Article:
California students program robots remotely during distance learning

Dive Brief:

  • In California’s Compton Unified School District, summer school instructors Jose Gonzalez and Darleen Perez navigated distance learning hurdles so students could program robots remotely, District Administration reports.
  • Students attending class over Zoom were tasked with programming robots, which were placed on a giant world map covering a classroom floor, to journey from one Latin American country to another as they researched and answered questions about each destination.
  • Cameras were mounted around the room and on the robots so students could watch as the math they used to send the robots to each country was put into play in real time.

Dive Insight:

Prior to the onset of the coronavirus pandemic, the average U.S. public school teacher likely had little to no experience with running a distance learning environment. School closures nationwide forced them to adopt and adapt to this model practically overnight in March as they scrambled to salvage what they could of the 2019-20 academic year.

In that time, a number of innovative educators have risen to the occasion, and their efforts — as well as ongoing professional development put into place during the spring and summer — have helped to inform best practices as schools prepare for a new school year that will remain online to varying degrees for many in the fall.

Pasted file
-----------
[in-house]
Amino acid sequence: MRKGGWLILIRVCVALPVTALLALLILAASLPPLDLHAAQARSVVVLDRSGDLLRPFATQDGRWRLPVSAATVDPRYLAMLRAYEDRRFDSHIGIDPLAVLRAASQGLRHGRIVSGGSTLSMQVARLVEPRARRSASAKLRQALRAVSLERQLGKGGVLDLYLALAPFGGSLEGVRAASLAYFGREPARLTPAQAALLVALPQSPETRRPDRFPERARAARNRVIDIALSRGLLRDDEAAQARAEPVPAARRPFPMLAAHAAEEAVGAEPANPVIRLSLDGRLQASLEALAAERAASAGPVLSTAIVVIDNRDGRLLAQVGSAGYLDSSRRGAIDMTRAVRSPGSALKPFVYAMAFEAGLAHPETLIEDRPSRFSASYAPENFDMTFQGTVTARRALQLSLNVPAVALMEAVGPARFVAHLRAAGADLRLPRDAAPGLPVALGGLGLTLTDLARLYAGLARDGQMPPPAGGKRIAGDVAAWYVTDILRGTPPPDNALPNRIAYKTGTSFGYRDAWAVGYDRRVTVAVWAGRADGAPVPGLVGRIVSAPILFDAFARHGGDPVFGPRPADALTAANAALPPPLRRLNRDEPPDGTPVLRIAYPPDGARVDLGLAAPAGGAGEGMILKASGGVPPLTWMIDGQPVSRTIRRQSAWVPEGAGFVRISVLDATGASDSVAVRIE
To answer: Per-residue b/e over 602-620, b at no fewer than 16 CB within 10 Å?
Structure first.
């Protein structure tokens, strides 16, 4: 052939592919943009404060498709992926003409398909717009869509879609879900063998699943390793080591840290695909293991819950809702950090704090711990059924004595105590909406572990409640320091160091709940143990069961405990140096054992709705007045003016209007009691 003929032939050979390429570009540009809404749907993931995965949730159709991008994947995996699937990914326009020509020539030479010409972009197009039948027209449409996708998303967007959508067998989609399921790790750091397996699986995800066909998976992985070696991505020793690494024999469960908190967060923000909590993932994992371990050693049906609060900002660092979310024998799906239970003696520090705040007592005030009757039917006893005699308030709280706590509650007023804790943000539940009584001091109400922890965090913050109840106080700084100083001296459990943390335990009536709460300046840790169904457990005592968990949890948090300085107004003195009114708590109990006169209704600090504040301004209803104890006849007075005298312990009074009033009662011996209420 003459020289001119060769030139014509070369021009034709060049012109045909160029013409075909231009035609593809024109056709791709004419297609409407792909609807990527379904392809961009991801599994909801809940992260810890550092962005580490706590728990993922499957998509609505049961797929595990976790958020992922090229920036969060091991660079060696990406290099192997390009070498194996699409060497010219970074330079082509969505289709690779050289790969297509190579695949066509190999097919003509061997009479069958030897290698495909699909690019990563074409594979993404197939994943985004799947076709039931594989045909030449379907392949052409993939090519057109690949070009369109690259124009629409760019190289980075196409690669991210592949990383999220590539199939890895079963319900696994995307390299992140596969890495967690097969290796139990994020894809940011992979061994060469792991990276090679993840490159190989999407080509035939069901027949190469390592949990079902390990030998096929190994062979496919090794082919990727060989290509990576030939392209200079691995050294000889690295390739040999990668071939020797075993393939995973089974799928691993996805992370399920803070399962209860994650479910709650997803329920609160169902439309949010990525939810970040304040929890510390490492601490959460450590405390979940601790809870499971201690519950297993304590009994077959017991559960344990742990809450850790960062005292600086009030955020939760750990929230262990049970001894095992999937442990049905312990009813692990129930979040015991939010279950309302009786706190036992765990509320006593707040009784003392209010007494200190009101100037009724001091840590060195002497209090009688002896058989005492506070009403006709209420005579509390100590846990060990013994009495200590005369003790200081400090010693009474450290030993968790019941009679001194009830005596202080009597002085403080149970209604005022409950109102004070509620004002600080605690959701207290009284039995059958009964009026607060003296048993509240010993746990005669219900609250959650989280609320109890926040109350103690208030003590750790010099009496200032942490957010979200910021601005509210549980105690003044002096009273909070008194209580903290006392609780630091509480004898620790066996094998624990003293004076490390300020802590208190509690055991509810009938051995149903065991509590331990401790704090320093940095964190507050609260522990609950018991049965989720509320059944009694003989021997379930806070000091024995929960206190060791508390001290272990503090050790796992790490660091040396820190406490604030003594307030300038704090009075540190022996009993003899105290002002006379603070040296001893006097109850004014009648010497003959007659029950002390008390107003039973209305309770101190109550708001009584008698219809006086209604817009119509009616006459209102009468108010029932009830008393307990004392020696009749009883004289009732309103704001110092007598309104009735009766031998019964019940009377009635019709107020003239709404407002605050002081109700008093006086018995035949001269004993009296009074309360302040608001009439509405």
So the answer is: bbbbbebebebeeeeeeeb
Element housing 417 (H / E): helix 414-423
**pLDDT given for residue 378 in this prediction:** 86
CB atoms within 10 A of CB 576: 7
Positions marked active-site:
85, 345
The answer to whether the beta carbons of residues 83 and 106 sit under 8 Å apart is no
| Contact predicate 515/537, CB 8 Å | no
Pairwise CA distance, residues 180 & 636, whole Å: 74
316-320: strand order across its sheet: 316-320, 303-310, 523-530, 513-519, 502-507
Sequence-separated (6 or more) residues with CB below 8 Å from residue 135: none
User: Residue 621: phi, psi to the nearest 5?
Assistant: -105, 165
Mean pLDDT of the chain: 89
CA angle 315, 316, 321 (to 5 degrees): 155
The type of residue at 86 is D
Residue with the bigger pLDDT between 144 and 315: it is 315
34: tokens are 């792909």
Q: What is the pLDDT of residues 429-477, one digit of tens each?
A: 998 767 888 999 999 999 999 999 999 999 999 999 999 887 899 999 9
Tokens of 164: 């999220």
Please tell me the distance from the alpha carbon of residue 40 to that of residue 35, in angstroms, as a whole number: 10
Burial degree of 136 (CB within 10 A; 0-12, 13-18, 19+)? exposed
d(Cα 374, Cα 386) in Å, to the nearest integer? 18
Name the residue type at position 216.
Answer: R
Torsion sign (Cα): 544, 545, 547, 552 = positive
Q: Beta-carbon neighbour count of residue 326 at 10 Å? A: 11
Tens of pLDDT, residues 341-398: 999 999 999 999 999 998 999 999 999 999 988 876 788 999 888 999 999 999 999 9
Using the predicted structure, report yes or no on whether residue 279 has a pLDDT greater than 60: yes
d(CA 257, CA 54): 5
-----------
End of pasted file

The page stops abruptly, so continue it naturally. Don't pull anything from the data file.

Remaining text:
The example of remotely programming robots in Compton USD demonstrates the breadth of possibility technology can provide when educators think outside the box. While there’s plenty to be said for the benefits of face-to-face interaction and collaboration, a little ingenuity can help online lessons come as close as possible to replicating that.

Other examples on this front can be found in efforts to translate the arts to an online model. While providing supplies and effectively evaluating creative assignments proved to be a challenge for arts educators, many were able to work around this by adapting projects so students used materials available to them in their homes or providing take-home bags with various supplies, some of which was contributed by community partners. And with just about every phone having a camera these days, many students were able to easily submit images of their finished works.

These early examples of educational ingenuity and the best practices they’ve helped to inform bode well as schools continue to face challenging instructional, logistical and financial environments in the coming school year.

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